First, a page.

Has a serious illness affected someone in your life?

3D pencil drawings by Fredo get a double take

Drawings by 17-year-old Chilean artist Fredo are showing up on the internet more & more. He has over 5,000 followers on Facebook. His own website Drawing Open My Third Eye, boasts a steady stream of his pencil drawings done in a characteristic style. The soft rendering technique appears right away as that of somebody still early in their drawing skills. But the imagination beyond the drawing is what stands out. With crafty staging and witty concepts, Fredo creates some pretty impressive, albeit low tech, three-dimensional effects. While a lot of the illusion is happening on paper, don’t let the amateur photography mislead you. The stark lighting and angles are clearly doing a lot of the work here. However, if this is entirely the work of someone 17 years old, then there might be some truly mind-blowing work in store for us from an adult Fredo.

Shawn Smith – sculptures of nature from your computer screen

Shawn Smith is one of the artists who will be included in “40 Under 40: Craft Futures” at the Smithsonian American Art Museum in 2012. He’s been working for a while now on a series he calls “Re-things,” sculptures of pixilated animals and objects of nature. He takes images he’s found online and then creates three-dimensional sculptural representations of these two-dimensional images. They’re made of plywood that he cuts in little cubes or sometimes strips and hand dyes. Smith says, “My work investigates the slippery intersection between the digital world and reality. Specifically, I am interested in how we experience nature through technology. When we see images of nature on TV or on a computer screen, we feel that we are seeing nature but we are really only seeing patterns of pixilated light.” Upon seeing these at first glance, we thought one of them was indeed a blown up satellite photo or some sort. It appears that each one is life-size which must make for an added effect in person.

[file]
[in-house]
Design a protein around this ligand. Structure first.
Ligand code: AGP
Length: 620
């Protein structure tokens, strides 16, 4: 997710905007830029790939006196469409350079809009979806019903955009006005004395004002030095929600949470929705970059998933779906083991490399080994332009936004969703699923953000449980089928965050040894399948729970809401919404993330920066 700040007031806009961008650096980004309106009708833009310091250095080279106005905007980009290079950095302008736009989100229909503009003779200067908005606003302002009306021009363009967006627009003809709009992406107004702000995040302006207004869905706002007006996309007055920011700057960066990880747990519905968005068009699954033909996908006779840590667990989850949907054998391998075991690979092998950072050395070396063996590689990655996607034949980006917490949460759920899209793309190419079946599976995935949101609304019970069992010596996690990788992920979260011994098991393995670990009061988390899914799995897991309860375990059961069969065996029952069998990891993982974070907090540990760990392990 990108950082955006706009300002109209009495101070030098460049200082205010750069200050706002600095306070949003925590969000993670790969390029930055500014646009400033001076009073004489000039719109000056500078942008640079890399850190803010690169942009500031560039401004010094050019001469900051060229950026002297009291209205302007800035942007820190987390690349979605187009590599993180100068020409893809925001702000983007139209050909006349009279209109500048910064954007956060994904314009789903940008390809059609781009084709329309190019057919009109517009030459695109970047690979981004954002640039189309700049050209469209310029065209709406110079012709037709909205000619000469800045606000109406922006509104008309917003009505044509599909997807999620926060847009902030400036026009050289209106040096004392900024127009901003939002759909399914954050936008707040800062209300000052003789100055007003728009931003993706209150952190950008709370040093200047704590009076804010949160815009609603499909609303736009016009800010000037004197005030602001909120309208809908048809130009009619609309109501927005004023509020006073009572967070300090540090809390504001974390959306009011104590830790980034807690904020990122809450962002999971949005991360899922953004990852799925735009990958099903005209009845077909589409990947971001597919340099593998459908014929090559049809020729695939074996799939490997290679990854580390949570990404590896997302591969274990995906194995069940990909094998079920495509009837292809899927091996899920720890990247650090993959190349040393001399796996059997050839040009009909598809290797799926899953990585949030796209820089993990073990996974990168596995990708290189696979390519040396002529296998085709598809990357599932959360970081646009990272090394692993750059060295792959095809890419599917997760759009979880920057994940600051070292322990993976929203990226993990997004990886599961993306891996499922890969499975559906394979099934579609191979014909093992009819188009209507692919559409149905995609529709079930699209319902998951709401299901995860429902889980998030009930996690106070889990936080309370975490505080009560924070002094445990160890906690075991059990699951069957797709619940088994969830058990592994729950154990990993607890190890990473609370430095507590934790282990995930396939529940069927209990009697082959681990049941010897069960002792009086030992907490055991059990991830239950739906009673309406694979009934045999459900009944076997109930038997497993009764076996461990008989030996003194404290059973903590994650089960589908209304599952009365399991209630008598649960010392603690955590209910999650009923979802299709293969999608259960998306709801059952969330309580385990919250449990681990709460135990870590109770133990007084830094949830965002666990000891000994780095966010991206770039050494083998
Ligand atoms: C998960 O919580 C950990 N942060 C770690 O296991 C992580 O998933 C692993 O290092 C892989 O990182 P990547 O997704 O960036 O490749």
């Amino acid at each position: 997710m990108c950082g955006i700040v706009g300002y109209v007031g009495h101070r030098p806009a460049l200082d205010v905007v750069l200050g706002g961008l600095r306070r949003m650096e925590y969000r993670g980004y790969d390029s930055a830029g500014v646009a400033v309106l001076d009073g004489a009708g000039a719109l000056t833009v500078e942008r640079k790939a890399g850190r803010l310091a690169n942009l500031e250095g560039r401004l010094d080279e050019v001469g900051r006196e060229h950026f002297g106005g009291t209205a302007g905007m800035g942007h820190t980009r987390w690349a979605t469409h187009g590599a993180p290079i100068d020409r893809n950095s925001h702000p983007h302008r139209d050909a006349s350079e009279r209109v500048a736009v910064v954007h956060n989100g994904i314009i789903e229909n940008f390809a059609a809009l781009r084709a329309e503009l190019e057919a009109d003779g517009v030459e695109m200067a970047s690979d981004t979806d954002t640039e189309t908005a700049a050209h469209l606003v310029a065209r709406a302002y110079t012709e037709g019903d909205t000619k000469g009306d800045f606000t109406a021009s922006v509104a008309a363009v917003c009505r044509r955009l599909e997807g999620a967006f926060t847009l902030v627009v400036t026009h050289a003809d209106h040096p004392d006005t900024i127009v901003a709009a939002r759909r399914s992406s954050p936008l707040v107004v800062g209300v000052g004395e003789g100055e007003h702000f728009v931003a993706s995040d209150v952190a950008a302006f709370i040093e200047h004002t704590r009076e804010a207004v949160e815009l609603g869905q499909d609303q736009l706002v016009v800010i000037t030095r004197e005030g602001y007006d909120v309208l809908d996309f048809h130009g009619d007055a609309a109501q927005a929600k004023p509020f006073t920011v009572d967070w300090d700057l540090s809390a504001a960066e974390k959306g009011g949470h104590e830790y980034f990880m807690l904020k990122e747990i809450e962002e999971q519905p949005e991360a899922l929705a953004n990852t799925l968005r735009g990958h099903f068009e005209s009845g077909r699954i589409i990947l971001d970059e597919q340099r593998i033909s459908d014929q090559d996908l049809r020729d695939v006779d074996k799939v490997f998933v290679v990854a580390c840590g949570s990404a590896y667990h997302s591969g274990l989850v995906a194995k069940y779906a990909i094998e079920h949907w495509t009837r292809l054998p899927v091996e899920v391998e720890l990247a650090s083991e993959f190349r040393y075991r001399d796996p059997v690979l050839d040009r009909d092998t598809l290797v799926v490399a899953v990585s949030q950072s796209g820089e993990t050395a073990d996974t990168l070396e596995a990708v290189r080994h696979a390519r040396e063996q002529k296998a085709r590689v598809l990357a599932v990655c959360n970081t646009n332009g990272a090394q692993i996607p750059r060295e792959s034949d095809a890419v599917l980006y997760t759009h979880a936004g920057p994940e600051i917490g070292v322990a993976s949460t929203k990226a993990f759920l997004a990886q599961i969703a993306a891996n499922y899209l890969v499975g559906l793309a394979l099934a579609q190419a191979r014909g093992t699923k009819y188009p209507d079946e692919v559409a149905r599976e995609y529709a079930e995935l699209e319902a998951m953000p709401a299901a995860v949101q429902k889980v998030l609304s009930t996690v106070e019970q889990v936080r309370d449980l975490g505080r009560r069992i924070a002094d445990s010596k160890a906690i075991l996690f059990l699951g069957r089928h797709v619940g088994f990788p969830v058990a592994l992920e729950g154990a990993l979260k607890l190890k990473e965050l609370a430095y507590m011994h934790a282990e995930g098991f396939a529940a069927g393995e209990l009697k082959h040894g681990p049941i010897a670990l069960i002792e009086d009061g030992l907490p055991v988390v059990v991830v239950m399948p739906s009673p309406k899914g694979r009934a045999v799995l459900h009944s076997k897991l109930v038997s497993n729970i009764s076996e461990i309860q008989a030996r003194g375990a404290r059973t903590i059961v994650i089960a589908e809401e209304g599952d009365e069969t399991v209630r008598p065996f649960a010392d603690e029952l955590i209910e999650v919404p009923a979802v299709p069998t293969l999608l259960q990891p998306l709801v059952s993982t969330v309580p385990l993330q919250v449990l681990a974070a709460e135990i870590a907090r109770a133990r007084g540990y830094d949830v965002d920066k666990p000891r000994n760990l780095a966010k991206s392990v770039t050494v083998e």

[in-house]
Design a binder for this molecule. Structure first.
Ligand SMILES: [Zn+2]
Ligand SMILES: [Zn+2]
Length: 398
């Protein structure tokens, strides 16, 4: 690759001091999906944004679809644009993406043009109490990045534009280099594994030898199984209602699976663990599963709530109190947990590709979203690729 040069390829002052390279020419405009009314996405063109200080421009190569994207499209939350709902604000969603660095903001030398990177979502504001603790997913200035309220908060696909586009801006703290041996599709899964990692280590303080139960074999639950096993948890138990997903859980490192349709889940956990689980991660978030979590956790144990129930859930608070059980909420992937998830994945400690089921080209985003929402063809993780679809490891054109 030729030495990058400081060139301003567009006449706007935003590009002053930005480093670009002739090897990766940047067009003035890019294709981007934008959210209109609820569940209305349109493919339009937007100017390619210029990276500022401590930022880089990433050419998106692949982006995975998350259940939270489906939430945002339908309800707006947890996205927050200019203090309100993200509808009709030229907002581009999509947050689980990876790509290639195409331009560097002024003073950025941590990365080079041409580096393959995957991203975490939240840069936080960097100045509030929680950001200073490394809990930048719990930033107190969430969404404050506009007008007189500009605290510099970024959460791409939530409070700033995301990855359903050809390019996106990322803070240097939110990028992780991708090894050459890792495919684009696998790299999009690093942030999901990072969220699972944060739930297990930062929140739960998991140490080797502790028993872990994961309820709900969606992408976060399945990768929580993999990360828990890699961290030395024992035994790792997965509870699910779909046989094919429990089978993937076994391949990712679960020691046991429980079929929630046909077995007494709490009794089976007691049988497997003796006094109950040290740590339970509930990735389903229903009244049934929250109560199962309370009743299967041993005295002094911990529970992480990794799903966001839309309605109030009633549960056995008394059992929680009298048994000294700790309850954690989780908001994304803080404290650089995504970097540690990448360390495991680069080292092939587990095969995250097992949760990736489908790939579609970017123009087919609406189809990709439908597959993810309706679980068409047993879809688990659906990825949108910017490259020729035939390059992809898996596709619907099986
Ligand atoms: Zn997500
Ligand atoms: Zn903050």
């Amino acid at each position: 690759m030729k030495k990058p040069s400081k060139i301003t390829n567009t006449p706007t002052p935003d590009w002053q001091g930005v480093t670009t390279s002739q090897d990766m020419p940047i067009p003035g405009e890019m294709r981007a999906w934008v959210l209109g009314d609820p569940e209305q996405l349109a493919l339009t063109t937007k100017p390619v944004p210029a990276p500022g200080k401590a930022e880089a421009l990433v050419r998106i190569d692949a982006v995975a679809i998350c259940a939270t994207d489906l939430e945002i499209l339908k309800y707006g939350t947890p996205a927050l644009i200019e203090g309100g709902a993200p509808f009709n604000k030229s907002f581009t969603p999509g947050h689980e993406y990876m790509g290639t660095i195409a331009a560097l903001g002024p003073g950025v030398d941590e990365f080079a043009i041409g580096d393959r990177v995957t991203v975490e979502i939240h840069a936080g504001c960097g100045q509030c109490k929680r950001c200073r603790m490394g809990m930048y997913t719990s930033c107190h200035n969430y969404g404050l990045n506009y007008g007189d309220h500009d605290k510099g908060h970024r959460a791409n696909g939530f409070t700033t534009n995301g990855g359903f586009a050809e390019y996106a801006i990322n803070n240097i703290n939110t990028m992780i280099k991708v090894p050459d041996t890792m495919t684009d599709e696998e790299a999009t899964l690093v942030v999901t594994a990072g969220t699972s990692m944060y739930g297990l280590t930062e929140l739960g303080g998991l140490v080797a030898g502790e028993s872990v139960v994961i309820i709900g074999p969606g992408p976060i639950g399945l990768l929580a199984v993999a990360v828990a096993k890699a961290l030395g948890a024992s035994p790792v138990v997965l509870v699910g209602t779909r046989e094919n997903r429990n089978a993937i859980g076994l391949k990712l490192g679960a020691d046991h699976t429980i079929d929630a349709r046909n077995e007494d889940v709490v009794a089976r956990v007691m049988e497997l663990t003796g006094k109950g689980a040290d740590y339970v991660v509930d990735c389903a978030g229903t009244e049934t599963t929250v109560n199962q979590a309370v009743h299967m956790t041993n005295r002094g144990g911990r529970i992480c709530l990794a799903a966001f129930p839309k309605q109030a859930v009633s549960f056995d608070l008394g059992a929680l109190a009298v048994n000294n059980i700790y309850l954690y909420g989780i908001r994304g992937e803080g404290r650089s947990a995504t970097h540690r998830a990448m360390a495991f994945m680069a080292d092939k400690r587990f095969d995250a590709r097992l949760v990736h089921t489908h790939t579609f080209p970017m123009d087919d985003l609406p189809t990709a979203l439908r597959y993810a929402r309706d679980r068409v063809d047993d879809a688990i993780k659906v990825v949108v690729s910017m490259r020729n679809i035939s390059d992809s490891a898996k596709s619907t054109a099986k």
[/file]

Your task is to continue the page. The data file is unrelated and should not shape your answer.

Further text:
Check out Shawn Smith’s site here. Thanks to

Give Todd McFarlane a hand

Some people say they can draw. Some people say they can’t. The fact is that we can all draw – that’s one of the terrific things about creating art. But be assured, even the people who profess their drawing skills will tell you that drawing the human hand is hard. Even if they don’t admit that, they probably don’t like drawing hands.

Meet comic book artist Todd McFarlane. In the late 1980s and early 90s, McFarlane became the John Grisham of comic books. Every book he drew, and then began writing, was a monster success. Comic book shops were selling out of books he did in numbers that the industry hadn’t seen before. His biggest mainstream success was a run on Spider-Man, followed quickly by his own creation, Spawn. Now McFarlane’s produced a series of how-to videos about drawing. I think I can draw a pretty decent hand – I took numerous anatomy classes in college and I’ve seen all sorts of techniques. But watching this clip makes me feel silly for ever struggling at it. I wanted to share this video ’cause I think anyone could become a hand-drawing expert with these instructions (no, I’m not getting a cut of Todd’s profits.) Even if you don’t care to take a crack at drawing, it’s fascinating to watch someone work who makes a living doing this. It’s not just that it looks like a hand, but he effortlessly nails the gesture and implication of action.

The endangered store front sign

Store Front – The Disappearing Face of New York by James T. Murray and Karla L. Murray documents the lost art of graphic signage. Much like illustrated movie posters and hand drawn magazine ads, we don’t see signs with this type of flair anymore. In fact, in the eight years it took the authors to complete this book, one third of the stores in it closed. We love the variety of fonts and colors. There’s a definite style in each store’s appearance, but it happens without any rigidity or rules. The composition feels natural, rather than designed like a “Best Buy” or “Gulf” gas sign. You can find the book here. Thanks to How to be a Retronaut for the turn on.

Lowrider is the one to color

We may not be custom car enthusiasts, but we always appreciate skilled craftsmanship and creative style. So this video was worth sharing for a few a reasons. A) The cars featured in it are some of the most amazing example of custom work you’ll ever see – far more extreme than what one typically imagines. B) We love that the publisher chose to make a video for a coloring book. C) We love that it’s a coloring book of lowrider cars. You can purchase the coloring book here. Thanks to Neatorama and Lilsnob for giving us the inside track.

This makes us think, how cool it’d be to do a frame design of any coloring book page. So unique!